For one, it creates the sense that each and every acquaintance one makes is a friendship waiting to bloom. In other words, every person with whom there is a commonality is a person with whom there must also be a serious attempt made to exact a serious and sustainable relationship. While it sounds like an agenda that could only do more good than bad, it’s actually not, especially when exacerbated by the fact that a person like me is in a situation where meeting new people on a regular basis is the norm. As a college student, I’ve found myself entrenched in tens of different clubs and meetings and rooms with different people more often than not, and the thought of having a responsibility unto myself to try to be “friends” and not simply “acquaintances” with as many of them as possible genuinely tires me out.
Part of the reason why that’s the case is because not everyone takes as much pride in their social relationships as I think I do. There are people – and this has been a truth that’s been difficult to grasp – that do not even think about social expectations like the one I’m having trouble filling, be they a part of the “Age of Information” or not. There are people who are also in situations where they see new faces more often than not, but do not find themselves compelled to strike a relationship with them that goes farther than a “Hello”. In some cases, people even have trouble mustering up the courage or the respect to greet others!
I could analogize my dilemma to a naïve boy who goes out of his way to do something, deluded in his belief that someone will care if he accomplishes it. I see a picture, for instance, of a schoolboy aligning all the chairs in the lunchroom because the teacher told one malfeasant punk to scoot his chair under the table. The boy will have fomented an immutable resolve to ensure the chairs are in order, only to meet a half-hearted “Good job, Johnny!” exclamation from his teacher, who wouldn’t dare pass up the opportunity to reward Johnny for work that is otherwise unnecessary and dumb.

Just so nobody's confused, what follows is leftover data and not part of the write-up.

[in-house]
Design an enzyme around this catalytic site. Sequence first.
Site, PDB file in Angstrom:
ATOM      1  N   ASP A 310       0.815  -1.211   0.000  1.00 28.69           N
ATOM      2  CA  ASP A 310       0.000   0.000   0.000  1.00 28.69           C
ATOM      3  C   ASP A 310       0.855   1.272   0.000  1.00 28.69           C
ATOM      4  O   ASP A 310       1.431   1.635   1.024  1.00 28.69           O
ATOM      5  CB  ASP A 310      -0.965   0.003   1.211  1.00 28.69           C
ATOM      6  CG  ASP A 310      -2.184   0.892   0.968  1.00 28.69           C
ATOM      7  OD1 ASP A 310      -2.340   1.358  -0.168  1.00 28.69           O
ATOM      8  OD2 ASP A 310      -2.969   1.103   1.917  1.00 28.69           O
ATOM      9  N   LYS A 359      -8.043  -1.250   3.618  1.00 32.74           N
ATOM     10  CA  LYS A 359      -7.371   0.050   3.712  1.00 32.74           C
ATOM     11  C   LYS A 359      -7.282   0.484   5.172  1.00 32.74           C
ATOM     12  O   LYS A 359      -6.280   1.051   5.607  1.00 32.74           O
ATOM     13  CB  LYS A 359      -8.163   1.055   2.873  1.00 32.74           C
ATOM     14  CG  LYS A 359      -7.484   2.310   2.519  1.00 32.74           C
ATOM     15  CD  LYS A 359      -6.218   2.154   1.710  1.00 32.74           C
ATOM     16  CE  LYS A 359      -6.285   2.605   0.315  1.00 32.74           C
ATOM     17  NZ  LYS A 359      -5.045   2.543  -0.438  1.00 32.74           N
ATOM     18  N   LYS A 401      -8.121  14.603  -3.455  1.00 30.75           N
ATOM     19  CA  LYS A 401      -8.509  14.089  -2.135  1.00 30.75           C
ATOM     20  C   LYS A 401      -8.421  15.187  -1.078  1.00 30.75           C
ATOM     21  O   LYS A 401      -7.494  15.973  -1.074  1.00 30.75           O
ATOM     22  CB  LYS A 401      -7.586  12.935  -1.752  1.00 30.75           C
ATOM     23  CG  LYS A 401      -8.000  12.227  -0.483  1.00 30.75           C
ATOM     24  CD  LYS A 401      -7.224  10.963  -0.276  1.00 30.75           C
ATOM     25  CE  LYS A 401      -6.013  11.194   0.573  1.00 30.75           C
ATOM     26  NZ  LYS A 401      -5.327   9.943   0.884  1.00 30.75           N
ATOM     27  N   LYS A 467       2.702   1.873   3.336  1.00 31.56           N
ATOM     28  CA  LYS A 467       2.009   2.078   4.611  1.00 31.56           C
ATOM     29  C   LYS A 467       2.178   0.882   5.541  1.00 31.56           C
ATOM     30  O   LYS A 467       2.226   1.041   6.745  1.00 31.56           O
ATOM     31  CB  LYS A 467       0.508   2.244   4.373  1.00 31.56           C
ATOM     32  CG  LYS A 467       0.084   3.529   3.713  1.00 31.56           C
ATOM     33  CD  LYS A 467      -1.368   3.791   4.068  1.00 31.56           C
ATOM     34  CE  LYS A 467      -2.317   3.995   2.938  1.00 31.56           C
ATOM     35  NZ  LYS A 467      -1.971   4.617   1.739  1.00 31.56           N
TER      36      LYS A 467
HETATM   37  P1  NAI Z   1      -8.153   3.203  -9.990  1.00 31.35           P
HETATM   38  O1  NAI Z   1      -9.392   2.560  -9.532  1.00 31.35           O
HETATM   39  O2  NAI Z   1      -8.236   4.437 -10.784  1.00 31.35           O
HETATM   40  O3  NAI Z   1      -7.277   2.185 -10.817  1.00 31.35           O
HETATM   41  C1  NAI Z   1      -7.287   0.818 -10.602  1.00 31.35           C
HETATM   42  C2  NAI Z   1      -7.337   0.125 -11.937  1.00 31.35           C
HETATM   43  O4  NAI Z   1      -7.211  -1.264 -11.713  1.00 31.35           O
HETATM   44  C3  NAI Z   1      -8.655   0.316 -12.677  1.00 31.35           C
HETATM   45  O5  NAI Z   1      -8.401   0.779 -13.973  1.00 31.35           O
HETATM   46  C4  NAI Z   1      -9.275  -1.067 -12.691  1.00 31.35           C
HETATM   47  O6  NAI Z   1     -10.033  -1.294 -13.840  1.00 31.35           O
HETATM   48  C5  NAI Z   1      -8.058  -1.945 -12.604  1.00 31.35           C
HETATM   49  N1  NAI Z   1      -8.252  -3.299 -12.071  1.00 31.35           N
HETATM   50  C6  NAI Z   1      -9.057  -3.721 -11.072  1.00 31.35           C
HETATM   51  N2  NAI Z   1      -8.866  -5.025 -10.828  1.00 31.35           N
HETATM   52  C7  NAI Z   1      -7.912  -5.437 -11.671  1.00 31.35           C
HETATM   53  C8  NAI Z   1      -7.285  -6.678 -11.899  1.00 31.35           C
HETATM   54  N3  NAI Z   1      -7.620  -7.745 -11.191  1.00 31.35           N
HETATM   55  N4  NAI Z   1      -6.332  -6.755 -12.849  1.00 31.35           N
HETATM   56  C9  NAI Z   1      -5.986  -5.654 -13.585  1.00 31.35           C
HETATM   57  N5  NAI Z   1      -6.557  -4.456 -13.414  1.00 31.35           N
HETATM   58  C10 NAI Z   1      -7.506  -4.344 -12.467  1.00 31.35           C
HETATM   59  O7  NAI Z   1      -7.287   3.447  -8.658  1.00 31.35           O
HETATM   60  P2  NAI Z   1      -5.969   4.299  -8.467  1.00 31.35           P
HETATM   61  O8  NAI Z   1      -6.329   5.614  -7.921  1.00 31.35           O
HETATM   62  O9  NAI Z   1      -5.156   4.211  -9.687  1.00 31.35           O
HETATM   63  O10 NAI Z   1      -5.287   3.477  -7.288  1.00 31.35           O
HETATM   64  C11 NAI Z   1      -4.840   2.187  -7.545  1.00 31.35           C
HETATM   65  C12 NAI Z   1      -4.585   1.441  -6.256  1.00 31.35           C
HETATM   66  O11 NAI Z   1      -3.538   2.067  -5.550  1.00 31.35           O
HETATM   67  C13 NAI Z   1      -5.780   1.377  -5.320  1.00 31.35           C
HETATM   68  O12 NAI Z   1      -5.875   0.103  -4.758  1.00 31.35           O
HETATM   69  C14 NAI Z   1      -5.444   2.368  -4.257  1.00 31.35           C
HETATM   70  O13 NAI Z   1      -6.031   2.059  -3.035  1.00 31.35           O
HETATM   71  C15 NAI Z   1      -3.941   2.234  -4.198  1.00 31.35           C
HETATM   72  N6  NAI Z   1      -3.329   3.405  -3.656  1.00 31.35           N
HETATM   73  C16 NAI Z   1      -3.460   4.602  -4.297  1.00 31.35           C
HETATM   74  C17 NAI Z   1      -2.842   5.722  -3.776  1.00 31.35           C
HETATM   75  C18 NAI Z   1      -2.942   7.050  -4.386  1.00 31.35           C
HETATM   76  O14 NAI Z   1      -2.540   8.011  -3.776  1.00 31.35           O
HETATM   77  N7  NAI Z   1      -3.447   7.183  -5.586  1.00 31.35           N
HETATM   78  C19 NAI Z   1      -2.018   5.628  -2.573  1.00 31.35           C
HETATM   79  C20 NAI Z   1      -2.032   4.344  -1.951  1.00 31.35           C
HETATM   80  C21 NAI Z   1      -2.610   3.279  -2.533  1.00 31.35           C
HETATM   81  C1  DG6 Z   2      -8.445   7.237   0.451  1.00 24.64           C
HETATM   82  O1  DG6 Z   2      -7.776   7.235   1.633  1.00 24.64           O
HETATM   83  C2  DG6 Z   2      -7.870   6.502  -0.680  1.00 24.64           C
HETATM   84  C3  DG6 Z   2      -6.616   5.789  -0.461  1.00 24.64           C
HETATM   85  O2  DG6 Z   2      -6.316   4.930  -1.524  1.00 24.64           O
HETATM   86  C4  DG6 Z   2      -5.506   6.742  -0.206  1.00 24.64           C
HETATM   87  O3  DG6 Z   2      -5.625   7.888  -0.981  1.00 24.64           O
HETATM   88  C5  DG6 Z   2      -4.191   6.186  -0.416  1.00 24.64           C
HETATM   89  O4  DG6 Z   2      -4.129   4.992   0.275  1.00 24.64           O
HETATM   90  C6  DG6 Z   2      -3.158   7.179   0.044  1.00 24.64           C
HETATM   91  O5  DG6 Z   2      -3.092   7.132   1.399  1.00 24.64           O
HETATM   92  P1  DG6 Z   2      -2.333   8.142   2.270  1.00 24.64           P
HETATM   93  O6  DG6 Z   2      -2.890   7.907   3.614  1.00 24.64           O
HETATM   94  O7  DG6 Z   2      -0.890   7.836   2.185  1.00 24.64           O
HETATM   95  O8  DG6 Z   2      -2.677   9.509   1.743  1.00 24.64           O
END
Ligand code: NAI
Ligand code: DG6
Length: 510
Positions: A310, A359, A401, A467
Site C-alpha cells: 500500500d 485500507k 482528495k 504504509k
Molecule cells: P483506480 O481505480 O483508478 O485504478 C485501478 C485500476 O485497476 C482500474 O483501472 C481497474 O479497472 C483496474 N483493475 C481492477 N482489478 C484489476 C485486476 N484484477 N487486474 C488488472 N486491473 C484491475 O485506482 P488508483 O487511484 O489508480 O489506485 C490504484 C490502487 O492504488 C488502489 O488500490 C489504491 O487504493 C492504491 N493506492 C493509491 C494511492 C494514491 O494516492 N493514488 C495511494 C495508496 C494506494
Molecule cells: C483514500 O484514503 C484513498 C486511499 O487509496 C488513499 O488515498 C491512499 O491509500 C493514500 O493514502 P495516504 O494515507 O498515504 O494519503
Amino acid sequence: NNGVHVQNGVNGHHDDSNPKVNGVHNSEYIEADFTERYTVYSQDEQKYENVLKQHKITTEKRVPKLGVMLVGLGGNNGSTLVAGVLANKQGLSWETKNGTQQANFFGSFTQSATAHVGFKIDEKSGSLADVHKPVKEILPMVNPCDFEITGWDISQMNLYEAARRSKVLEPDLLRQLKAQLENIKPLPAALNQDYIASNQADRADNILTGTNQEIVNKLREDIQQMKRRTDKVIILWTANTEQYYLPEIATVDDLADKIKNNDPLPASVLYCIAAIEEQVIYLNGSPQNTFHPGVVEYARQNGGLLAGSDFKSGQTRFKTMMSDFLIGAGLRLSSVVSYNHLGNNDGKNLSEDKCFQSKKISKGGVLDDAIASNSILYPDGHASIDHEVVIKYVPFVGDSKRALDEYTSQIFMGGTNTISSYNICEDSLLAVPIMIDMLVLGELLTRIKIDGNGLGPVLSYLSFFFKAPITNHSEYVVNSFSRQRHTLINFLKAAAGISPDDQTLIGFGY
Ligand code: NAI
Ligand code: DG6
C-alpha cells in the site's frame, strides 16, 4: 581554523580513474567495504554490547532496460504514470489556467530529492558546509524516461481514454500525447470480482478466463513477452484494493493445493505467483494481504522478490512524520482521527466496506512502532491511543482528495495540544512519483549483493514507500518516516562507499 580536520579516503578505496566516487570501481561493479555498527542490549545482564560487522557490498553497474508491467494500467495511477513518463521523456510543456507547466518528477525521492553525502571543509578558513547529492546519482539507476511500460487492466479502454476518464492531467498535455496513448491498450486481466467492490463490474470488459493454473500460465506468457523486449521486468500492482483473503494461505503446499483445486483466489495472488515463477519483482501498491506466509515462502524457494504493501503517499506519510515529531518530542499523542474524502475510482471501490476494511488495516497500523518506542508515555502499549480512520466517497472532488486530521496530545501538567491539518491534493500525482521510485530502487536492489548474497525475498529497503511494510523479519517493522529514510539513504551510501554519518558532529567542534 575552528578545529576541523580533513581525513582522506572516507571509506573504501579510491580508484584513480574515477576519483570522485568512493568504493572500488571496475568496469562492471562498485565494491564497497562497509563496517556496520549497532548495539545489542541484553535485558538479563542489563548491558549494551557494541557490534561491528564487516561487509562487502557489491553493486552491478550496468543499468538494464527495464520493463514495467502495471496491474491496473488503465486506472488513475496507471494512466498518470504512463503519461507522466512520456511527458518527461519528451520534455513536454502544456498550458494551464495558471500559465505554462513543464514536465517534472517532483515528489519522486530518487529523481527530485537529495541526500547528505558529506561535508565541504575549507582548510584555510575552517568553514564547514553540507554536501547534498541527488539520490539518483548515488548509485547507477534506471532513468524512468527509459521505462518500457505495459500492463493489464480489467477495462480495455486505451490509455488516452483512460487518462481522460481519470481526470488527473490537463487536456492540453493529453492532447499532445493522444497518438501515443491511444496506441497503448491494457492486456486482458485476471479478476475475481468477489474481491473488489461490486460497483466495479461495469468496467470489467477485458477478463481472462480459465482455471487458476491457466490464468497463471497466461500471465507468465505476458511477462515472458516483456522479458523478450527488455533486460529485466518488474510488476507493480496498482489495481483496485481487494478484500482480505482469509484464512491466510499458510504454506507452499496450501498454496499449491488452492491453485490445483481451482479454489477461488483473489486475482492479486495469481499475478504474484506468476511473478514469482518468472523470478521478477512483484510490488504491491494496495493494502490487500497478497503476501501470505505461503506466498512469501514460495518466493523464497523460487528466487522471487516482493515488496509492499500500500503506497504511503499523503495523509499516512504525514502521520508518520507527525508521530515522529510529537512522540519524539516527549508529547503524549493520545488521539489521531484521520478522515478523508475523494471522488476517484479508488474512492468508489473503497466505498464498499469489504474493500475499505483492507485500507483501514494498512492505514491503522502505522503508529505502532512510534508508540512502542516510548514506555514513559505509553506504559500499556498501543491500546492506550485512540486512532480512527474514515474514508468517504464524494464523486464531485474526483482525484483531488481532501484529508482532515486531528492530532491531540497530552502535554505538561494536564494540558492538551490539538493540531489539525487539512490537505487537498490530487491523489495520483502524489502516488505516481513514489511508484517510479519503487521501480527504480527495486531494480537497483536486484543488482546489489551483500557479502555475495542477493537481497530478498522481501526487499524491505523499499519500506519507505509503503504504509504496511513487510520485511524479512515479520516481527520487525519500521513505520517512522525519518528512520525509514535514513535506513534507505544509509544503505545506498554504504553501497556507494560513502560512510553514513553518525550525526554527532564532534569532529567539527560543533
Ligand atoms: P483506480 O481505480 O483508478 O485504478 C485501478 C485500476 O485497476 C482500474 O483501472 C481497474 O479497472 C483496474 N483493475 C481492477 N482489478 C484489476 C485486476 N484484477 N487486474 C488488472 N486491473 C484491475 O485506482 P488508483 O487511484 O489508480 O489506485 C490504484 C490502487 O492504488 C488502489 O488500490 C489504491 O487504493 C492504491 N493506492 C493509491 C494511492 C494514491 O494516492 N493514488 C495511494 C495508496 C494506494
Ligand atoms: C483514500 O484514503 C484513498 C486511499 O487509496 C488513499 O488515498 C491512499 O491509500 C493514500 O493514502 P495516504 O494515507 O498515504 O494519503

I’ve felt like this on occasions where I lent unnecessary weight to my social relationships … and because of it, I’ve found myself saying “Hello” and not being greeted back on more occasions than I’d care to account for. I’ve found myself honoring commitments when the other person wasn’t really planning on doing so. I’ve found myself sending text messages asking about the other person’s doings and whereabouts, in vain. And though I would typically blame an errant world for all this, I now understand what’s going on.
The tiredness I sometimes feel when my own personality compels me to be a part of as many peoples’ lives as possible is likely the one that other, more rationally-thinking people are righteously trying to avoid. Just like the automobiles of the 21st century, they’re doing their best to be efficient human beings, and as a part of that envelope they’ve decided to very carefully manage their social relationships. They’ve decided to very carefully pick and choose who to add to their growing Dunbar number.
Yet one unsettling thought remains. I don’t think that people make decisions to be so discriminant based solely on concerns of mental efficiency. I think the decisions can also be attributed to fear. Fear of developing friendships with others that – as a result of constantly changing living and working and studying arrangements – might fall by the wayside and end up hurting them in the long-run because of it. I’m not alone in this train of thought – at least two people that I’ve met (initially “acquaintances” but currently on an upward trend) have commented on the same thing.
Truth be told, that’s a pretty good thing to do. It makes me think, hey, I’m only nineteen; if I try to add a lot of people now, I’ll be out of room before I even start my professional career! Whether avoiding heartbreak or being as efficient as a Prius is the motivation, this agenda of managing your number appropriately isn’t so bad. It just takes someone like me some getting used to.